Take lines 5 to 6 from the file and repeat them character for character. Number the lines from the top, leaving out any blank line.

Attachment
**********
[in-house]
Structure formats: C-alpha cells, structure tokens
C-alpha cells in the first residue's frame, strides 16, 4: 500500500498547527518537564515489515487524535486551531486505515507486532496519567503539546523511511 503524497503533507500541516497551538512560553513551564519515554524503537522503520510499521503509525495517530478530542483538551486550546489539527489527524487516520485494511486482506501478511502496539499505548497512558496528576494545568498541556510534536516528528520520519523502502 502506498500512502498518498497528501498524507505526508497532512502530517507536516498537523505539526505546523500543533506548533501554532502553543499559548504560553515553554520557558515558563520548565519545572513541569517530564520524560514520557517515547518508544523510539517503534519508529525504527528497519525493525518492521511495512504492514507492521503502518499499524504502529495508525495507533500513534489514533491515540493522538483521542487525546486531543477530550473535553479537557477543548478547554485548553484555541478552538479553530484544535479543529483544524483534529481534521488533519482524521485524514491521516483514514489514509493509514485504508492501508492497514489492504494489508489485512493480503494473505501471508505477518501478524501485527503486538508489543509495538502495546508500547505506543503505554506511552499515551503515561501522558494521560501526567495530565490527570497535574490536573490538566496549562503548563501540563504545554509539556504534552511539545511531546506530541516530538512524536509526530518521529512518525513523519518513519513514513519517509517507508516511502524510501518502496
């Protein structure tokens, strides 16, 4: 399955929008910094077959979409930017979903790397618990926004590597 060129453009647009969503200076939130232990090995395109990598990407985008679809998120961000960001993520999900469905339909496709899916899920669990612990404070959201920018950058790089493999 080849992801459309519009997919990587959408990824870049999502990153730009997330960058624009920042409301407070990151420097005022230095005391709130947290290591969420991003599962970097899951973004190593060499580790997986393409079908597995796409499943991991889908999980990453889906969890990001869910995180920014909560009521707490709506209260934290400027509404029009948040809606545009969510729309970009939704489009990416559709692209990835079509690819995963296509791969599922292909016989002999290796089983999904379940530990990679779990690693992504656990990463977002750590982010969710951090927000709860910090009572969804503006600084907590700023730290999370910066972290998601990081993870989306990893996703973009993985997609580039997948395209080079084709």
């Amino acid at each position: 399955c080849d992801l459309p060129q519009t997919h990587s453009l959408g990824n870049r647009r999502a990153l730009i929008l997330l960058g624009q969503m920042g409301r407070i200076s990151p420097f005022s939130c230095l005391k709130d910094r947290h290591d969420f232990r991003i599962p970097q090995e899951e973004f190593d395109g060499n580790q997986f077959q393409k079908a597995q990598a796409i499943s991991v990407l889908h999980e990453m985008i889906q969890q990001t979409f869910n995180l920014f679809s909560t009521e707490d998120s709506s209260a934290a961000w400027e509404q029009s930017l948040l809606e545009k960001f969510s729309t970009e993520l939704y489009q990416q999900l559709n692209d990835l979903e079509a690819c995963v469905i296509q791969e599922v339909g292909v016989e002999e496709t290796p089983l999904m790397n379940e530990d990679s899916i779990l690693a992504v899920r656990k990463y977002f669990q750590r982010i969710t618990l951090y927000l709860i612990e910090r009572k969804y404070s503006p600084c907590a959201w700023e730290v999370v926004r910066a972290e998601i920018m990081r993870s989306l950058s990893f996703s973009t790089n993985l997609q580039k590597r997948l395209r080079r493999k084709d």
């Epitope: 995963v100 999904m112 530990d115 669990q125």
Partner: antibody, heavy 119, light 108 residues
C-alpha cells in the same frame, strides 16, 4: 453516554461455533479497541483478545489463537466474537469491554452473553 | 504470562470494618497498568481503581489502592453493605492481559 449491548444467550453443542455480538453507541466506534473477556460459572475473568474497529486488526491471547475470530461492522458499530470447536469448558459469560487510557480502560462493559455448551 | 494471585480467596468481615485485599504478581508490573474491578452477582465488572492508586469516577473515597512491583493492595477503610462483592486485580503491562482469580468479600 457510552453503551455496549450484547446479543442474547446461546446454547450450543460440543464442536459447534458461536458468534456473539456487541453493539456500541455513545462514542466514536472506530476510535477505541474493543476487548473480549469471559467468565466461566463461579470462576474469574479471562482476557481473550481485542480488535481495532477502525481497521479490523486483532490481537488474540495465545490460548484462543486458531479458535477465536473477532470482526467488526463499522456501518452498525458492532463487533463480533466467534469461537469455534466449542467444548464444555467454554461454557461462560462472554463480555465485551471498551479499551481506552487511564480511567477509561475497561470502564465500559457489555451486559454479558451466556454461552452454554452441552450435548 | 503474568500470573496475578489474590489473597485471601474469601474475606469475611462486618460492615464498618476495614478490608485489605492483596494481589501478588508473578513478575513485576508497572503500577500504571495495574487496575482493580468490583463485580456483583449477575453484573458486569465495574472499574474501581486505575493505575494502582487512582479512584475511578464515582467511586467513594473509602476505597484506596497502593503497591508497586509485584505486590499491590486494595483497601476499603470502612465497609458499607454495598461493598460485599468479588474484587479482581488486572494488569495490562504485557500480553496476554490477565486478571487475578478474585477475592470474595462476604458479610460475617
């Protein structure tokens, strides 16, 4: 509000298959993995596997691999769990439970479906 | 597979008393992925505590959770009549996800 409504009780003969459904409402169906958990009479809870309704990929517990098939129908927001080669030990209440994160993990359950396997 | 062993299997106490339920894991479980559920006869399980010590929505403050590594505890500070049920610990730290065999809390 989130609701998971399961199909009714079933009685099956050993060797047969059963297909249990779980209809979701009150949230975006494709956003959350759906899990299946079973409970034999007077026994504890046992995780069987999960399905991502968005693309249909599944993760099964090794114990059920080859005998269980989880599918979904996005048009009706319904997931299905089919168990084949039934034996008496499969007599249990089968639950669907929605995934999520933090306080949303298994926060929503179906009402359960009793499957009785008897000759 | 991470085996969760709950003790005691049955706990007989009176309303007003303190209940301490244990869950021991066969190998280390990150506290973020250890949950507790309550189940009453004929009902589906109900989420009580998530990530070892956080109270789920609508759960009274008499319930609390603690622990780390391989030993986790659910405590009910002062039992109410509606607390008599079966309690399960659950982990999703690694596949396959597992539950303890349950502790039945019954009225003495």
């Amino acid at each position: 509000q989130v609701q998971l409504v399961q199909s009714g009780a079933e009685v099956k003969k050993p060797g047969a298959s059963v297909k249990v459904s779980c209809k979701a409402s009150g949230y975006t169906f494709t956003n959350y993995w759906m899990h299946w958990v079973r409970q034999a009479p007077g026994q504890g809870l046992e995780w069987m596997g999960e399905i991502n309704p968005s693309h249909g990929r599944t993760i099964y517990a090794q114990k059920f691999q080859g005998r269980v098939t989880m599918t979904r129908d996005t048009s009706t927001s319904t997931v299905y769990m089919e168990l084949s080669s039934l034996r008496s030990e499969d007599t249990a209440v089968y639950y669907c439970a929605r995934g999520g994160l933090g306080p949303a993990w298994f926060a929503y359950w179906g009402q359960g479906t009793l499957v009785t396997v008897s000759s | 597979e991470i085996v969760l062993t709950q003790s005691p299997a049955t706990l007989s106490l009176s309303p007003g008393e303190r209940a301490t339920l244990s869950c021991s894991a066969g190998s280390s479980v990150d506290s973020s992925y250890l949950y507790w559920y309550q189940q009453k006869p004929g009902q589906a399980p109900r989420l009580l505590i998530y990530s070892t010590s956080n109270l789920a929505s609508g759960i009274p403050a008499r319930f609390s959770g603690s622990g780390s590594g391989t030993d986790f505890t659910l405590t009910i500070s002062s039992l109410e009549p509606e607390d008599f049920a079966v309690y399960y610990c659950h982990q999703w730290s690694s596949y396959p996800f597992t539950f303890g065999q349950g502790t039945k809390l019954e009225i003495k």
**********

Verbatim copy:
């Amino acid at each position: 399955c080849d992801l459309p060129q519009t997919h990587s453009l959408g990824n870049r647009r999502a990153l730009i929008l997330l960058g624009q969503m920042g409301r407070i200076s990151p420097f005022s939130c230095l005391k709130d910094r947290h290591d969420f232990r991003i599962p970097q090995e899951e973004f190593d395109g060499n580790q997986f077959q393409k079908a597995q990598a796409i499943s991991v990407l889908h999980e990453m985008i889906q969890q990001t979409f869910n995180l920014f679809s909560t009521e707490d998120s709506s209260a934290a961000w400027e509404q029009s930017l948040l809606e545009k960001f969510s729309t970009e993520l939704y489009q990416q999900l559709n692209d990835l979903e079509a690819c995963v469905i296509q791969e599922v339909g292909v016989e002999e496709t290796p089983l999904m790397n379940e530990d990679s899916i779990l690693a992504v899920r656990k990463y977002f669990q750590r982010i969710t618990l951090y927000l709860i612990e910090r009572k969804y404070s503006p600084c907590a959201w700023e730290v999370v926004r910066a972290e998601i920018m990081r993870s989306l950058s990893f996703s973009t790089n993985l997609q580039k590597r997948l395209r080079r493999k084709d």
């Epitope: 995963v100 999904m112 530990d115 669990q125």